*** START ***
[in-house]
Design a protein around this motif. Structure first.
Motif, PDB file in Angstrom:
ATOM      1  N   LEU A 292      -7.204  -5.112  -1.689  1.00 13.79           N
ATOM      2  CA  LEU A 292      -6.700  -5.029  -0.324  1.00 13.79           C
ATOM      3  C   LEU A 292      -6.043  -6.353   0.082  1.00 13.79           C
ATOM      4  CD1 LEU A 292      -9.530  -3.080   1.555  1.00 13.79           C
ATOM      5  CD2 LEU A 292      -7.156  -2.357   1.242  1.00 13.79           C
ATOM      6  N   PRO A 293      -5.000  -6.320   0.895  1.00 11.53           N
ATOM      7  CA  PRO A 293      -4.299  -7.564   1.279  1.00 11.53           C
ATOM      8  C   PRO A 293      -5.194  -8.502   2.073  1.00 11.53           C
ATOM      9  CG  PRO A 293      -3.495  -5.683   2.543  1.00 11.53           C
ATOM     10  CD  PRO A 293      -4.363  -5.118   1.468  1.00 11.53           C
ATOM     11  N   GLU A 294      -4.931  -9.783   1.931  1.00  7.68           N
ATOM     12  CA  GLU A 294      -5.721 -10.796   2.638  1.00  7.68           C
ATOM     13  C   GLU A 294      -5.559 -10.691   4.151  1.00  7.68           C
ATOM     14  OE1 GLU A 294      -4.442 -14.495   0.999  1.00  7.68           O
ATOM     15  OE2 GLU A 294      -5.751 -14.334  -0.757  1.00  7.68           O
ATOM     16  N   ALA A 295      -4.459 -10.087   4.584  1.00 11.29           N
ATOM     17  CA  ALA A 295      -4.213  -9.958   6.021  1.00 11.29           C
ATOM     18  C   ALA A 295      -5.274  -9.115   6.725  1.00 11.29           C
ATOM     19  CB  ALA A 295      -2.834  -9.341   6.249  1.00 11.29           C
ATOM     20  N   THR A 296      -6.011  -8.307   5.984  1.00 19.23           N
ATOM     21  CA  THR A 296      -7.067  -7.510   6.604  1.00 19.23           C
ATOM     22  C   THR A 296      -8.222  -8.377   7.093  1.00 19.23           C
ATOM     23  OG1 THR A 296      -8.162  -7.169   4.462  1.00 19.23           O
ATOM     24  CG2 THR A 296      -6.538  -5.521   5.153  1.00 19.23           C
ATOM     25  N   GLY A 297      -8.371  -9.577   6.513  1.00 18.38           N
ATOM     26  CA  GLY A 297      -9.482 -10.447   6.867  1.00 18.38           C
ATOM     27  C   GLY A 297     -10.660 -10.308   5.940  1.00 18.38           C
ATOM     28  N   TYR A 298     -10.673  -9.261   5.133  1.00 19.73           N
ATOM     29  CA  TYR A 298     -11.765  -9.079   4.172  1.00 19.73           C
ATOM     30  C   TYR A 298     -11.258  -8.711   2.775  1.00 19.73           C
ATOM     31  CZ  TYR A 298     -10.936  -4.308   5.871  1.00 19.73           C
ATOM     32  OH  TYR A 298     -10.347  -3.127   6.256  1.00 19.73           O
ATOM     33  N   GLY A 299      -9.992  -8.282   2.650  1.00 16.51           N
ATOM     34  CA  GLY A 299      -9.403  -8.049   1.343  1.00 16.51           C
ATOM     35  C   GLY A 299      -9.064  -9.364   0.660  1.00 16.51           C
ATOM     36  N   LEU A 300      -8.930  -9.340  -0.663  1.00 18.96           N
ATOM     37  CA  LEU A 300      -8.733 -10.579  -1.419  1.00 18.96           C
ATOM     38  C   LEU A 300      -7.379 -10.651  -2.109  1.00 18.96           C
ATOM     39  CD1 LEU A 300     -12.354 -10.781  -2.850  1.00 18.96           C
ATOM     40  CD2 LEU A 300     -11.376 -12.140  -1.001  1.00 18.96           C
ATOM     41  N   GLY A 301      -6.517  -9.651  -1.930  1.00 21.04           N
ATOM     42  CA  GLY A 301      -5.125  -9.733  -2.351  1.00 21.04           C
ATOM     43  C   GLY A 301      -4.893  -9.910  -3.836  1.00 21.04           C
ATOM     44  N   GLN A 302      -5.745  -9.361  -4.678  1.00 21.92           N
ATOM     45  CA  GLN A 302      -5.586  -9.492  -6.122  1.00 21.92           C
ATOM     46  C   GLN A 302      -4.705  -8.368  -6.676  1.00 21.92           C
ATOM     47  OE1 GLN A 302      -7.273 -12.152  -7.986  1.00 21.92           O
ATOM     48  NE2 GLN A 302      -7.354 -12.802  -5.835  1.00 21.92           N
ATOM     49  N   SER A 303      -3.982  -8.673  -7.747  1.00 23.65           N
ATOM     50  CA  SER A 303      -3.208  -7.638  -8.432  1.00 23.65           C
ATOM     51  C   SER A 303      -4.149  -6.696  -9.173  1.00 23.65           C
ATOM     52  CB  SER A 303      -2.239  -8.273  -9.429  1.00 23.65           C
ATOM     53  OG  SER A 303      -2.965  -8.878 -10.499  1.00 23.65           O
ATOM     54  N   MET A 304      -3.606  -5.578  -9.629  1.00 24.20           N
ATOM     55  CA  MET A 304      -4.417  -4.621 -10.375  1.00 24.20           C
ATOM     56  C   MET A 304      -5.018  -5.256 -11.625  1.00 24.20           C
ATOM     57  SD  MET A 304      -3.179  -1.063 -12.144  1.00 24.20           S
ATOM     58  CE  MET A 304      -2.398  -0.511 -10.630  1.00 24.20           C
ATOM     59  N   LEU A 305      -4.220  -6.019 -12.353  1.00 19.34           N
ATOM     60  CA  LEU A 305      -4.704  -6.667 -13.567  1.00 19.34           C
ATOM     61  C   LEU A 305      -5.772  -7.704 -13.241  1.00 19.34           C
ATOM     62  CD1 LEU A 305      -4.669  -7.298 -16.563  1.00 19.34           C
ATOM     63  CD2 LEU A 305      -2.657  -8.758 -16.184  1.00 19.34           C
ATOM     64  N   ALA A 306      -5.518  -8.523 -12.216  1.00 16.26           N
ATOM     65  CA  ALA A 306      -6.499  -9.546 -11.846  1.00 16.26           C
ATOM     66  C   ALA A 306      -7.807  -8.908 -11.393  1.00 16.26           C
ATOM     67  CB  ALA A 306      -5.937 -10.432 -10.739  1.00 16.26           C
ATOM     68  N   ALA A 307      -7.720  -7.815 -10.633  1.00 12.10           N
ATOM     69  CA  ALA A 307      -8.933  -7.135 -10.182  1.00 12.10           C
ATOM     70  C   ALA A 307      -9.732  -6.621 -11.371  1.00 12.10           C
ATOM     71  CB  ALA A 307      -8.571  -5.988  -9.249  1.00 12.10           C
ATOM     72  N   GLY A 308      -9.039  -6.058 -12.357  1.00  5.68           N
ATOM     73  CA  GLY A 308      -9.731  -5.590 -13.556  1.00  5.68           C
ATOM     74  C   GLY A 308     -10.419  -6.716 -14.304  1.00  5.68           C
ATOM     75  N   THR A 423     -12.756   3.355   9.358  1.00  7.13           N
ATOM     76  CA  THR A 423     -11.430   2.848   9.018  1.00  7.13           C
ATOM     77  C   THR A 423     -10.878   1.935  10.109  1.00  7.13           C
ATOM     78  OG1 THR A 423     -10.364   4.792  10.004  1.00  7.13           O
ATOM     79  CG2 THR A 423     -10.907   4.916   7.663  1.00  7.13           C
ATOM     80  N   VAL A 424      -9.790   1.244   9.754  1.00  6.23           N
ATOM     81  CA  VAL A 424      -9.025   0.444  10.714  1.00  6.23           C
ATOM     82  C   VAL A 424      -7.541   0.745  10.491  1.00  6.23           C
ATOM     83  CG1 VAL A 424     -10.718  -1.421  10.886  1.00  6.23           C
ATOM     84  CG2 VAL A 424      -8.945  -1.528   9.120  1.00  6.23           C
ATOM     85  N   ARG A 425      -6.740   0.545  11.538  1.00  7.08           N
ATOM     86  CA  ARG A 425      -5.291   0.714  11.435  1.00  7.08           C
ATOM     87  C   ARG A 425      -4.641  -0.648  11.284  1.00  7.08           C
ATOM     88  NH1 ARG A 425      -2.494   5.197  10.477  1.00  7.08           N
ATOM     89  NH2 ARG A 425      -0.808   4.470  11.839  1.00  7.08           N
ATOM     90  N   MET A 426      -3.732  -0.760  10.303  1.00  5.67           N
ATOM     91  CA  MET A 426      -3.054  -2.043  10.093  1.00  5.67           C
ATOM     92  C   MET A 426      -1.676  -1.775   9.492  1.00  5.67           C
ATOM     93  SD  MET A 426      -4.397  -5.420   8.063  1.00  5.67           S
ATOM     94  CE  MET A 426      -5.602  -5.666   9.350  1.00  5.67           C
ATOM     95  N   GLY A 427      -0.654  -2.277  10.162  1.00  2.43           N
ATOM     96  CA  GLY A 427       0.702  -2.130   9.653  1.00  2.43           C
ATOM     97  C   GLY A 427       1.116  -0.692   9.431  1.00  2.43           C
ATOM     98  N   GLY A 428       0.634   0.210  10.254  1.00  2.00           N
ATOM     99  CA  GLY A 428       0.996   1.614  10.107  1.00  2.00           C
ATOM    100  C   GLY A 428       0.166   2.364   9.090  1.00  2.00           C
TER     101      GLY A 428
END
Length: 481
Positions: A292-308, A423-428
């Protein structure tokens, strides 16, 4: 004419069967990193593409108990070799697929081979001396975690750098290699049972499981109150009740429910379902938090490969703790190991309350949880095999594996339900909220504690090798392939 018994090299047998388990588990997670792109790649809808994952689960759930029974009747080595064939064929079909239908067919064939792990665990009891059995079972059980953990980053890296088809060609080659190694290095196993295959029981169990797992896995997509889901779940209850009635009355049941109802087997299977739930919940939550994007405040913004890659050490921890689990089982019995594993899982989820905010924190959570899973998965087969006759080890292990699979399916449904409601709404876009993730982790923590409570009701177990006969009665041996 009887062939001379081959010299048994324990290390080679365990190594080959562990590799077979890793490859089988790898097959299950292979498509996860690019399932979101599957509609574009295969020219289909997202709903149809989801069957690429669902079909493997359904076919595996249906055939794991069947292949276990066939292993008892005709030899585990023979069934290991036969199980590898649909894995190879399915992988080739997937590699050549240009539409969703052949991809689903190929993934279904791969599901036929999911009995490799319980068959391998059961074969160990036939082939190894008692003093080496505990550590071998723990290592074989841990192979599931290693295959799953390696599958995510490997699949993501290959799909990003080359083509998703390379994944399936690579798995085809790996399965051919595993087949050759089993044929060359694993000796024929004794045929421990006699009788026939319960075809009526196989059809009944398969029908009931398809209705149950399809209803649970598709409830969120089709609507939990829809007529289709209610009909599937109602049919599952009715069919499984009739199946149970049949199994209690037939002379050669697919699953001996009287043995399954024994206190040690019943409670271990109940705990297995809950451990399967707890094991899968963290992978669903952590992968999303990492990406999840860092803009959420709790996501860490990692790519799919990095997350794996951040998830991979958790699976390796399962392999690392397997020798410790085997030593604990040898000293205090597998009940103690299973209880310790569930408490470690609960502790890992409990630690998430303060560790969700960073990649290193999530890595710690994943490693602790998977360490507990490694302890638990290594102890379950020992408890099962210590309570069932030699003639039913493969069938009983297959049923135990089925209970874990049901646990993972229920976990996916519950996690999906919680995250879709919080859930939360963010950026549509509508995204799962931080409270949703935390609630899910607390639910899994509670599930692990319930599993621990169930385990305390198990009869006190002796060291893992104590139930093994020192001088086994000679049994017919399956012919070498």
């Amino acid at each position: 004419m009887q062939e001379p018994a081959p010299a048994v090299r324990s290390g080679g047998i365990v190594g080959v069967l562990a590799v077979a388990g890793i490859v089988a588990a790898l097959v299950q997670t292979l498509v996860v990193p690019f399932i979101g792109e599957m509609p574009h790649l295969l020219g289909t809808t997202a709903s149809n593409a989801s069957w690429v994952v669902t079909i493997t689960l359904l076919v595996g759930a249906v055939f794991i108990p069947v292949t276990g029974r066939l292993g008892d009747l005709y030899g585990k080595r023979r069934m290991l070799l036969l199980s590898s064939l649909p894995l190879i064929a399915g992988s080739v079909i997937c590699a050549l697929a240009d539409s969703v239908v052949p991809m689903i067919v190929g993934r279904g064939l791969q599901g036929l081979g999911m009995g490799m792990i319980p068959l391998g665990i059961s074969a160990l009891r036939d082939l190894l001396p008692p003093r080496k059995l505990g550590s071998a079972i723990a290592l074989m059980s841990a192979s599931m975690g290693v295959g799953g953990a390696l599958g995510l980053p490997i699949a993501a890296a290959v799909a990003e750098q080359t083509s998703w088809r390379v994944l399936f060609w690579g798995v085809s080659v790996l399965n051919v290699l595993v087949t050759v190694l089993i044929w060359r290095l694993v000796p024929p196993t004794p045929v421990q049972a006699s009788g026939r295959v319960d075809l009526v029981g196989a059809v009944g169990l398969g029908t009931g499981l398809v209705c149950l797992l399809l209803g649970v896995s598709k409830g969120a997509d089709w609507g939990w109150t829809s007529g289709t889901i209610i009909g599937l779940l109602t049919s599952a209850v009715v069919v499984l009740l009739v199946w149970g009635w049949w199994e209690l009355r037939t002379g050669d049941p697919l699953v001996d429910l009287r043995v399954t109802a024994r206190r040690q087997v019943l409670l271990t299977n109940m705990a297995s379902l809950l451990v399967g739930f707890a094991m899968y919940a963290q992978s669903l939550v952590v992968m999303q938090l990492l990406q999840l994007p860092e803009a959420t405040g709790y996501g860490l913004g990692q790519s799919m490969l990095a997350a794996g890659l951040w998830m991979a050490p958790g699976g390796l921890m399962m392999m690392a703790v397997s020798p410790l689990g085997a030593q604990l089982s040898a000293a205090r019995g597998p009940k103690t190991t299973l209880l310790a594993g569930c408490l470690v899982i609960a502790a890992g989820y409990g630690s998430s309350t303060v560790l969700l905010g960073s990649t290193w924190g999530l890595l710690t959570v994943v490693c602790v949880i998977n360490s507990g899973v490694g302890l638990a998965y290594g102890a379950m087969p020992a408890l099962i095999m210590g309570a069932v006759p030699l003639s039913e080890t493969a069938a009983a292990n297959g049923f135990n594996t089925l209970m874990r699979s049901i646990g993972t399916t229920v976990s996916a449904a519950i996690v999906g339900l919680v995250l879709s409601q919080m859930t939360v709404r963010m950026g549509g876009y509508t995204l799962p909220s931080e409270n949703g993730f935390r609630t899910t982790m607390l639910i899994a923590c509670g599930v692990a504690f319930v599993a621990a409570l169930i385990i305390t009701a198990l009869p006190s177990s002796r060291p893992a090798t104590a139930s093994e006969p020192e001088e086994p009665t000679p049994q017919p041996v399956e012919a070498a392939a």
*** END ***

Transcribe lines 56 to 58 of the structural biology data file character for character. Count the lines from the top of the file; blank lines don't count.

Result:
ATOM     53  OG  SER A 303      -2.965  -8.878 -10.499  1.00 23.65           O
ATOM     54  N   MET A 304      -3.606  -5.578  -9.629  1.00 24.20           N
ATOM     55  CA  MET A 304      -4.417  -4.621 -10.375  1.00 24.20           C